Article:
Mercedes rewarded for Formula 1 engine upgrade delay

The delay to Mercedes' upgraded 'phrase 2.1' Formula 1 engine became a blessing in disguise and gave the team more time to find performance, boss Toto Wolff now believes

Mercedes rewarded for Formula 1 engine upgrade delay

The upgrade was scheduled to be introduced under the phase 2 name across all six Mercedes-powered cars at the Canadian Grand Prix a fortnight ago, but it was postponed after last minute problems in dyno testing.

Instead all six drivers had to use their first 2018 engines for a seventh and last consecutive race, instead of saving them for the originally planned final outing at the less power sensitive Hungaroring.

After some revisions and further dyno testing the new engine is now known as a phase 2.1, and Wolff says the final version - which arrived for this weekend's French GP - has better performance than it would have done in Canada.

"We were due to have the engine for Montreal," he said when asked about the engine situation by Autosport. "Everything ran as predicted, and engines were shipped.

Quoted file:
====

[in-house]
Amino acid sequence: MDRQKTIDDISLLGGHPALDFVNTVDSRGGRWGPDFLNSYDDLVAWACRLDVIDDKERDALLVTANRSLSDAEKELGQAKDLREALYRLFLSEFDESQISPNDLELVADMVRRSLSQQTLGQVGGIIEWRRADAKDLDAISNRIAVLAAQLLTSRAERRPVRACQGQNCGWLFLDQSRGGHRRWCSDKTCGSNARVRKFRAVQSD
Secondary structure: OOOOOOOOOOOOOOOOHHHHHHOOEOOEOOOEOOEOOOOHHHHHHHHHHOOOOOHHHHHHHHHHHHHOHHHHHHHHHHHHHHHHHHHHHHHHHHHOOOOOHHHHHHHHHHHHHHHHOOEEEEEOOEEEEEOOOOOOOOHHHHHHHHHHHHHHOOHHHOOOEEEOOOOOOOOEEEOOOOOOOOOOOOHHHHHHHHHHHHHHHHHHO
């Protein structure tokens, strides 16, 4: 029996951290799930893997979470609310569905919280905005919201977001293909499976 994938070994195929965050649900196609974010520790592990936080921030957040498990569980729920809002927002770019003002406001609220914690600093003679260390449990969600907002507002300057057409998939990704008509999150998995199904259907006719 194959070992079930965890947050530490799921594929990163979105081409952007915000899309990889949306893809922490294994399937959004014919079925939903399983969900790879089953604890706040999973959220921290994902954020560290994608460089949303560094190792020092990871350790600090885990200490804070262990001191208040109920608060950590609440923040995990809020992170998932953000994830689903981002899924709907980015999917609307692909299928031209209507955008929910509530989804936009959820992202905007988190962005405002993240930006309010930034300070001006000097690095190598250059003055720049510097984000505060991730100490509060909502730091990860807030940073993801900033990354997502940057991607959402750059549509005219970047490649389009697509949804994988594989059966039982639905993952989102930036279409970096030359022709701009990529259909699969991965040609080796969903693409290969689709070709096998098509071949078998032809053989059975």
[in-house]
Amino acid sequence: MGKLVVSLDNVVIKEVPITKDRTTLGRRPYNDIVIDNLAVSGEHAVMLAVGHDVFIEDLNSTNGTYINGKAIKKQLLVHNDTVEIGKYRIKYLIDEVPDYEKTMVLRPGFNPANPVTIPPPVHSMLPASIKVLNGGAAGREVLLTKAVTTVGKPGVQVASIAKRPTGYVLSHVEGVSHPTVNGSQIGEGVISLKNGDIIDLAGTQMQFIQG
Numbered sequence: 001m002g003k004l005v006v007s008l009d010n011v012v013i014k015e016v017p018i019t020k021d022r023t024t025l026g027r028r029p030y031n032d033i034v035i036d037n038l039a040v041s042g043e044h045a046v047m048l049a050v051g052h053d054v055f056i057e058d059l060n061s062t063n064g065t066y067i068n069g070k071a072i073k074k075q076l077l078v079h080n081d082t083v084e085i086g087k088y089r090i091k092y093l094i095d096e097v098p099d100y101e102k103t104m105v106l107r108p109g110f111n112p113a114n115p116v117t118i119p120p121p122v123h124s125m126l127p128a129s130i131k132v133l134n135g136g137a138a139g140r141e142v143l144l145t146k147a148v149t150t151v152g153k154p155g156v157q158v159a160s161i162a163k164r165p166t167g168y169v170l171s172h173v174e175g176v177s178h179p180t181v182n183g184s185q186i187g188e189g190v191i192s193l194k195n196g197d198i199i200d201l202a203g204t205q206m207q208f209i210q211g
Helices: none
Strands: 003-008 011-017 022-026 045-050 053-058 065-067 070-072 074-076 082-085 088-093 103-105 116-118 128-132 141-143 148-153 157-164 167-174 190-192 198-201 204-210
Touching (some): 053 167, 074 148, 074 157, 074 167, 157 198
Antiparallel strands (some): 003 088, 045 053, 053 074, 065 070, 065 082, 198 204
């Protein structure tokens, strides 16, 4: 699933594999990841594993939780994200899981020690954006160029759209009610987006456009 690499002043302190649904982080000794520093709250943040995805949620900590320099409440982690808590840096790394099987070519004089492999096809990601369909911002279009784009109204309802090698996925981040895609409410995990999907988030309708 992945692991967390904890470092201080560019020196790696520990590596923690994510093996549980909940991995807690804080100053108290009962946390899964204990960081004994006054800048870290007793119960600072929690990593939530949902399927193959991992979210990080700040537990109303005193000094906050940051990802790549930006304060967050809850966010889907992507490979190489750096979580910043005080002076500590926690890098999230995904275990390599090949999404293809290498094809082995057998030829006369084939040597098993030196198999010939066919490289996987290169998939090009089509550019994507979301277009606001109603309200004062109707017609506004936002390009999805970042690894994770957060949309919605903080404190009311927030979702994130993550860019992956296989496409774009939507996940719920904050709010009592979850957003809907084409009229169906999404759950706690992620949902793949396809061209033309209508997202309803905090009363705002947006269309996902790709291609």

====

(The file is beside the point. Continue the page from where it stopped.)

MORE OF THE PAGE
"Then on one of the last long runs we saw some oddities, irregularities, that didn't give us 100% confidence to run the engine in Montreal. So we decided to stay with phase 1.

"And eventually these couple of days more not only compensated for what we have as a package, but we have consolidated the performance we expected, and added a bit more.

"I believe generally in karma, and everything happens for a reason. Write that on your website and everyone will think I've lost the plot!

"But maybe we needed just a little bit more time to consolidate the gains and be confident on what we had in order to extract the maximum performance."

Mercedes had been reticent about its France engine specification until after Friday practice, which Wolff admitted was a result of the Canada delay.

"Why we were a bit restrictive about speaking about on Friday was we had this situation in Montreal," he explained.

"We didn't want to say we had the new engines and then we didn't have them in for the race weekend."

Mercedes had been outpaced by Ferrari in Canada, but swept the French GP front row with Lewis Hamilton and Valtteri Bottas.

"I think that we have made progress in the last weeks to better understand our weaknesses, and also understand where we were strong," said Wolff.

"You've seen that on Friday, and we have been able to maintain the gaps to Saturday.

"I see a positive performance trend within the Mercedes F1 team."

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